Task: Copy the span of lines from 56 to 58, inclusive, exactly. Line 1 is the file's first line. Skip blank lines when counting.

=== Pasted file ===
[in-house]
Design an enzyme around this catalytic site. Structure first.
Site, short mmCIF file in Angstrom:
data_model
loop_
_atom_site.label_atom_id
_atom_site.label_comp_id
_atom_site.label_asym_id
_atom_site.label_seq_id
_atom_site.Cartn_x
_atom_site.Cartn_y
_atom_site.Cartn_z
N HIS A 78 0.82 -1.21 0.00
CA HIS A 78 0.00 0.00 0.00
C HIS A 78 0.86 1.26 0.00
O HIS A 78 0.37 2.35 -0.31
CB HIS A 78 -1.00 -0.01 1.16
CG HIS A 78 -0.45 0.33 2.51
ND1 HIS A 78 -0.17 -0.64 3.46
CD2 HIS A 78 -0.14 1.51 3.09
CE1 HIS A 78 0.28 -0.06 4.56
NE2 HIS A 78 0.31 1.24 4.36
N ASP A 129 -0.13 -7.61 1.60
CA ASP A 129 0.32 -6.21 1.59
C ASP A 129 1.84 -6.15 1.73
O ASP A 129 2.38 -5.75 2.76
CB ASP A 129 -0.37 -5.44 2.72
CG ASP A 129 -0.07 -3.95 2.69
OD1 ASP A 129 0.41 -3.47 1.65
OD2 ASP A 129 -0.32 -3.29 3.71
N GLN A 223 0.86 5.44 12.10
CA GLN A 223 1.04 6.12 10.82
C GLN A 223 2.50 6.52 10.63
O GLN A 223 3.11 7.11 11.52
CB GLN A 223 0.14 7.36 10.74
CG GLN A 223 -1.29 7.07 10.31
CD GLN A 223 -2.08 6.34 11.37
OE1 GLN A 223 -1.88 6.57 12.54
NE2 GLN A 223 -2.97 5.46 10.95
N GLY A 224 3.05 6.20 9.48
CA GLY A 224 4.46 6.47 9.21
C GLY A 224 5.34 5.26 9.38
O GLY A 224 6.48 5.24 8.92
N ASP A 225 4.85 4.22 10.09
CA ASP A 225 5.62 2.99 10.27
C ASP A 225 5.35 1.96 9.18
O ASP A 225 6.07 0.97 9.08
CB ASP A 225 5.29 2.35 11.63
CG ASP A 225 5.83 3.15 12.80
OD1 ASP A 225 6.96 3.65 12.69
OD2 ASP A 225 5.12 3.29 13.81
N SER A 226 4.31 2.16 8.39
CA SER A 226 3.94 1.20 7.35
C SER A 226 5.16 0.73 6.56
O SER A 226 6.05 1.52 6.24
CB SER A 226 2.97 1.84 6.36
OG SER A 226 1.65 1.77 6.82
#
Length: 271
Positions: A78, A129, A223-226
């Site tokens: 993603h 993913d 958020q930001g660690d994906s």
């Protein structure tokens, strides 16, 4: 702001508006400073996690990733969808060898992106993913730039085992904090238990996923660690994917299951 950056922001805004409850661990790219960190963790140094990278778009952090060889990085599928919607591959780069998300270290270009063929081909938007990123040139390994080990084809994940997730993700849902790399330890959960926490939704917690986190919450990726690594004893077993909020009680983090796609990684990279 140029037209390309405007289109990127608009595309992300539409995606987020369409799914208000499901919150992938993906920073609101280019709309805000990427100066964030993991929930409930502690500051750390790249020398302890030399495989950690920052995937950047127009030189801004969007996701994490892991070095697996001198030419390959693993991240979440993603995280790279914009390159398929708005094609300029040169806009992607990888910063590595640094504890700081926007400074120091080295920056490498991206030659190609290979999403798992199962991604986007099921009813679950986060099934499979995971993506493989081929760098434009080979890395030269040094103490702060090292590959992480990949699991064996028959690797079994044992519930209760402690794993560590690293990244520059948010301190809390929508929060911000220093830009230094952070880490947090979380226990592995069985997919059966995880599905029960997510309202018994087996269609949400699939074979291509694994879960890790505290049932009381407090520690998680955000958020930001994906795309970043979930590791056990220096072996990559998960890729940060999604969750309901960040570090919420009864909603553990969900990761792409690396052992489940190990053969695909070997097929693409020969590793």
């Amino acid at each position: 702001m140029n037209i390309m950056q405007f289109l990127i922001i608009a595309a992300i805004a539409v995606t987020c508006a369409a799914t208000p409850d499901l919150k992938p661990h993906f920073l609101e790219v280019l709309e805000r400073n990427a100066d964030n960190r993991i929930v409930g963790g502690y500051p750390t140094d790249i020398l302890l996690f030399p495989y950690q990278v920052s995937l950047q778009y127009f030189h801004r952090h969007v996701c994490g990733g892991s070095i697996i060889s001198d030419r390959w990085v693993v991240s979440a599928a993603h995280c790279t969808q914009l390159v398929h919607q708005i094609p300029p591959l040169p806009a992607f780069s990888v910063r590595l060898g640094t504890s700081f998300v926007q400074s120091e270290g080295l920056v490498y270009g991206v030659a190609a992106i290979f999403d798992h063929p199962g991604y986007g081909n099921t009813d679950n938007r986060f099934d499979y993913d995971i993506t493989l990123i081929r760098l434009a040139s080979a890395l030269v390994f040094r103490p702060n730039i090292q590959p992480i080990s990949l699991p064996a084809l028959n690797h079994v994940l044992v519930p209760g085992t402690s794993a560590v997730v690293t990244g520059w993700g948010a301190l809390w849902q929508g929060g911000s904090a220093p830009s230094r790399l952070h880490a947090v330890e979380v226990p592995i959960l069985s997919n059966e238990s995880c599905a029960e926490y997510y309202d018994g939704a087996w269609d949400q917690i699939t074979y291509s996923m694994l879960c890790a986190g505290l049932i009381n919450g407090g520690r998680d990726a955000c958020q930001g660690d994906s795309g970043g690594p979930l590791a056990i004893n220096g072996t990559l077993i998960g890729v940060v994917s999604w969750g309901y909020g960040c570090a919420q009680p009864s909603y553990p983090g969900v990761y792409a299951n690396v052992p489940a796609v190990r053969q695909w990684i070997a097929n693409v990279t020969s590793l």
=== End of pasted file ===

CB SER A 226 2.97 1.84 6.36
OG SER A 226 1.65 1.77 6.82
#